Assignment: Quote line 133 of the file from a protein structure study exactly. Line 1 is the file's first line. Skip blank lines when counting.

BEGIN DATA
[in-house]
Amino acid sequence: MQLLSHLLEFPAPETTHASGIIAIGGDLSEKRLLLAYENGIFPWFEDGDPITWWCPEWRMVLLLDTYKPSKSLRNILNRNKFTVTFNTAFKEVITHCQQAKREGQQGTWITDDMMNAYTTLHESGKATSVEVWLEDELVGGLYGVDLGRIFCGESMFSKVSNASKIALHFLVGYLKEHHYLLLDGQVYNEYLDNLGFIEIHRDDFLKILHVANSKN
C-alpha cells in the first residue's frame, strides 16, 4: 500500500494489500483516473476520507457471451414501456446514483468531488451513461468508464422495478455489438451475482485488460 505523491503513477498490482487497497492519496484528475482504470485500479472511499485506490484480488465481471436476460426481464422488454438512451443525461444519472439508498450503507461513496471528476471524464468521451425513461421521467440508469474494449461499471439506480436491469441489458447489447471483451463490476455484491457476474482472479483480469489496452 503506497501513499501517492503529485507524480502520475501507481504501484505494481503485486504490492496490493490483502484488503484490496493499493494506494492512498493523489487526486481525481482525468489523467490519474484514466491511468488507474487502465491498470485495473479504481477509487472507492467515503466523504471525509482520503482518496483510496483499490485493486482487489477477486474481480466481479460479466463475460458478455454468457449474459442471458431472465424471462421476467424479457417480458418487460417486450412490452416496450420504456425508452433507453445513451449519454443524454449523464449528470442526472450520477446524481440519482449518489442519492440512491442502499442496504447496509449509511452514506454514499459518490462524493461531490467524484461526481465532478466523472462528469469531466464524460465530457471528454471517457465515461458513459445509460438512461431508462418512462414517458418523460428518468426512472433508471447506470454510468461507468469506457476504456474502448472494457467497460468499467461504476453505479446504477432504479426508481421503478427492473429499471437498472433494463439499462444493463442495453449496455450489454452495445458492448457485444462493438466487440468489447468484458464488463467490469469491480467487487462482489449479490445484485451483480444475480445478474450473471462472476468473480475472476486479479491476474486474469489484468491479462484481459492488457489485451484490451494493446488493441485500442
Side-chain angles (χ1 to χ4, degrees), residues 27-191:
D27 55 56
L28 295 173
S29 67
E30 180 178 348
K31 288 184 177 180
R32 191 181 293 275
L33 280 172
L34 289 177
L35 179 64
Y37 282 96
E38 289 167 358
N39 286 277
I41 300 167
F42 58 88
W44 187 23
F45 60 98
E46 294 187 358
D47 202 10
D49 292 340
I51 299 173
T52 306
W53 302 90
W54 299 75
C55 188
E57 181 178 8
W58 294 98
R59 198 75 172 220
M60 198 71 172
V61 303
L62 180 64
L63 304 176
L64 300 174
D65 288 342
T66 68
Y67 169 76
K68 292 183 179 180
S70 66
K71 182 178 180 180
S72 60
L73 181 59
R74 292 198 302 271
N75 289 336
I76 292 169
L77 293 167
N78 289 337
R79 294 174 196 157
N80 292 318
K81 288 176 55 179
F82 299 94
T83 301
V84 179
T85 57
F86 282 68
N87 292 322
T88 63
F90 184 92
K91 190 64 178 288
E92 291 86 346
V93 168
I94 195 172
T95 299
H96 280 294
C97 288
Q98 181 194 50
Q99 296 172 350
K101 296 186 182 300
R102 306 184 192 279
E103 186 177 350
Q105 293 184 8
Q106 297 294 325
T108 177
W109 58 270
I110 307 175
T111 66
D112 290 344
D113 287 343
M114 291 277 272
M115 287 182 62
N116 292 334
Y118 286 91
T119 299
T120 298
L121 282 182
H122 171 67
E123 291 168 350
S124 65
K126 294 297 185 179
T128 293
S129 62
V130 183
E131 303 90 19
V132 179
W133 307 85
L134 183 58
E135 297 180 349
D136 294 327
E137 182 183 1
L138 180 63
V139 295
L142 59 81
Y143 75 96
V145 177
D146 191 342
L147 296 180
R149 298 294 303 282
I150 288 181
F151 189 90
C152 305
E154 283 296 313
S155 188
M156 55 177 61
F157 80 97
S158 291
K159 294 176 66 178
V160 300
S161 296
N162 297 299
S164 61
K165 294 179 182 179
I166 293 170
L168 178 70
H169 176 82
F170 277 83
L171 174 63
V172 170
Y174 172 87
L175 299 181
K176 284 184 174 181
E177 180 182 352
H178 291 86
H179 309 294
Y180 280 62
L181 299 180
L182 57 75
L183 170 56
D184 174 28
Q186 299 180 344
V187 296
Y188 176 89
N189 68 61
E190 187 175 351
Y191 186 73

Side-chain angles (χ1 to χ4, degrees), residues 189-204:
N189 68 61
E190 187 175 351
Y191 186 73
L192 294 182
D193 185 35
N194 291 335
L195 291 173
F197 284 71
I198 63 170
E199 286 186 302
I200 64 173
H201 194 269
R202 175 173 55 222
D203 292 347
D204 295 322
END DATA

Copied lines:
E177 180 182 352